The authors of National Education Policy (NEP) 2020 are aware that teacher education in the country is in dire straits and that the institutions responsible for it are “essentially selling degrees for a price” (Section 15.2). They are also aware that teacher education is vital for future generations and demands “multidisciplinary perspectives and knowledge, the formation of dispositions and values, and the development of practice under the best mentors” (Section 15.1).
Given this context, it defies all logic why politicians and bureaucrats (and indeed educationists) want to close down Delhi University’s Bachelor of Elementary Education (B El Ed) programme, a teacher education programme that ensures theoretically sound, pedagogically grounded, and socially sensitive teacher education for elementary schoolteachers. And to replace it with something called the Integrated Teacher Education Programme (ITEP). At the moment, the ITEP is not much more than a list of available courses. In a sad commentary on the state of affairs in Delhi University, many colleges have been already forced to opt for the ITEP.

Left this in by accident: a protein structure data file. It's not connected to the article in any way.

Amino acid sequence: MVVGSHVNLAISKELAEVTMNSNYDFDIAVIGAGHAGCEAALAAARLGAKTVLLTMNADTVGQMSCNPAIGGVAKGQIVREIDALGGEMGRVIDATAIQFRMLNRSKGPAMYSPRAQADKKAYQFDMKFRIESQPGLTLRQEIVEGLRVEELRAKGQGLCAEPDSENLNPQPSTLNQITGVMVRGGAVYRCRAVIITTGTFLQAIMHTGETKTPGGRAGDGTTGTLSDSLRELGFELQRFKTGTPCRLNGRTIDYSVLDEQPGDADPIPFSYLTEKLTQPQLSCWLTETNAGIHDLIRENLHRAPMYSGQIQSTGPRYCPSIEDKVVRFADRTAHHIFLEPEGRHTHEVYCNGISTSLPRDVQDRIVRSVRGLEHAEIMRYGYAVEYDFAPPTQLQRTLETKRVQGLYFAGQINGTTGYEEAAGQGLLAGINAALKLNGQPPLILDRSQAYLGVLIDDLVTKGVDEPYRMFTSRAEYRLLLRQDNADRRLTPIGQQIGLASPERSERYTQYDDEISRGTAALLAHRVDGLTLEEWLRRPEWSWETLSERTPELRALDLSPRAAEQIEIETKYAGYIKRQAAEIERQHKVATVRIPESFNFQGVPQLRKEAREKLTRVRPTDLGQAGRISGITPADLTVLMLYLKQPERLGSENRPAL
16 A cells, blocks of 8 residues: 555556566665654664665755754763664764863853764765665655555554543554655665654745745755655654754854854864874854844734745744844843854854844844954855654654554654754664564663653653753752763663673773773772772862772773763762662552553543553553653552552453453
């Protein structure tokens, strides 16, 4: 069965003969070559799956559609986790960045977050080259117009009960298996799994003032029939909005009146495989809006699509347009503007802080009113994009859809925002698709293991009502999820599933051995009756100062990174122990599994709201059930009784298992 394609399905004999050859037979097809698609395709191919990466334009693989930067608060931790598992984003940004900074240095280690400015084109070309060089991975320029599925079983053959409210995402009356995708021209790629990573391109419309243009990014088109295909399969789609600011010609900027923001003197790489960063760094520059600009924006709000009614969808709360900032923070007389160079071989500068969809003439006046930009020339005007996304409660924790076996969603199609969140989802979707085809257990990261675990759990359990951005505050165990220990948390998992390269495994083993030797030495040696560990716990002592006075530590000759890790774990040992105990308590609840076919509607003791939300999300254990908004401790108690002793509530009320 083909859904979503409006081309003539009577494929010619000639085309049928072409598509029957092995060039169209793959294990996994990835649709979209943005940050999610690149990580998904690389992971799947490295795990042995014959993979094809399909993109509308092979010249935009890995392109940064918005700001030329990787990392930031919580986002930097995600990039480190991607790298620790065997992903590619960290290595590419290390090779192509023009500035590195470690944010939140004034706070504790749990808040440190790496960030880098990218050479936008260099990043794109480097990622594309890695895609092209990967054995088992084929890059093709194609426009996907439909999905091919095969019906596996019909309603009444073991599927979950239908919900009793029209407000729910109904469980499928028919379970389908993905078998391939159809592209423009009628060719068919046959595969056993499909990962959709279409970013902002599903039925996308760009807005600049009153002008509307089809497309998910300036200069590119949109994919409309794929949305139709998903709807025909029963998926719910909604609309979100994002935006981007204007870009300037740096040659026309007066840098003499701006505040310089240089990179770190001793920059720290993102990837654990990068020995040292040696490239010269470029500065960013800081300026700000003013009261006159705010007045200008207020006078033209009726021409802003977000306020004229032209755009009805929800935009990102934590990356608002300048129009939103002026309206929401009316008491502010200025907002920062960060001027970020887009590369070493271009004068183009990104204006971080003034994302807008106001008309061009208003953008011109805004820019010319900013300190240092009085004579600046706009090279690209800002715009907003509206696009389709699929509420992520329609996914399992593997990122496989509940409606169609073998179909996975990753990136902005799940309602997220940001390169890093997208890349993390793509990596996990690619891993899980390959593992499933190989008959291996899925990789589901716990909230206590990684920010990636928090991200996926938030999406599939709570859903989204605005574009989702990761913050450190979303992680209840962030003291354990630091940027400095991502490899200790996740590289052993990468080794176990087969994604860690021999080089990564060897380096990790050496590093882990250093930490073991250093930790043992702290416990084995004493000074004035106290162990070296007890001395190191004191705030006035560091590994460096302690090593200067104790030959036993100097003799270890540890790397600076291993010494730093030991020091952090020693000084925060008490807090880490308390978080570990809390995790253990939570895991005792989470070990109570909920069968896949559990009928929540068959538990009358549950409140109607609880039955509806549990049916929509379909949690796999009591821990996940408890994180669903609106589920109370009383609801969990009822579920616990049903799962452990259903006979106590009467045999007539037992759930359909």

The B El Ed’s detailed bilingual handbook runs into 284 pages with a comprehensive picture of each course and details of topics, readings, and advanced readings. Spread over four years (this was the university’s first four-year undergraduate degree), the B El Ed involves over 3,000 contact hours and consists of 19 theory papers divided into foundation, core, and pedagogical courses in addition to advanced liberal options in mathematics, science, and social sciences. Internal assessment, classroom observations, school internships, projects, and colloquia are integral parts of the course.
A delicate balance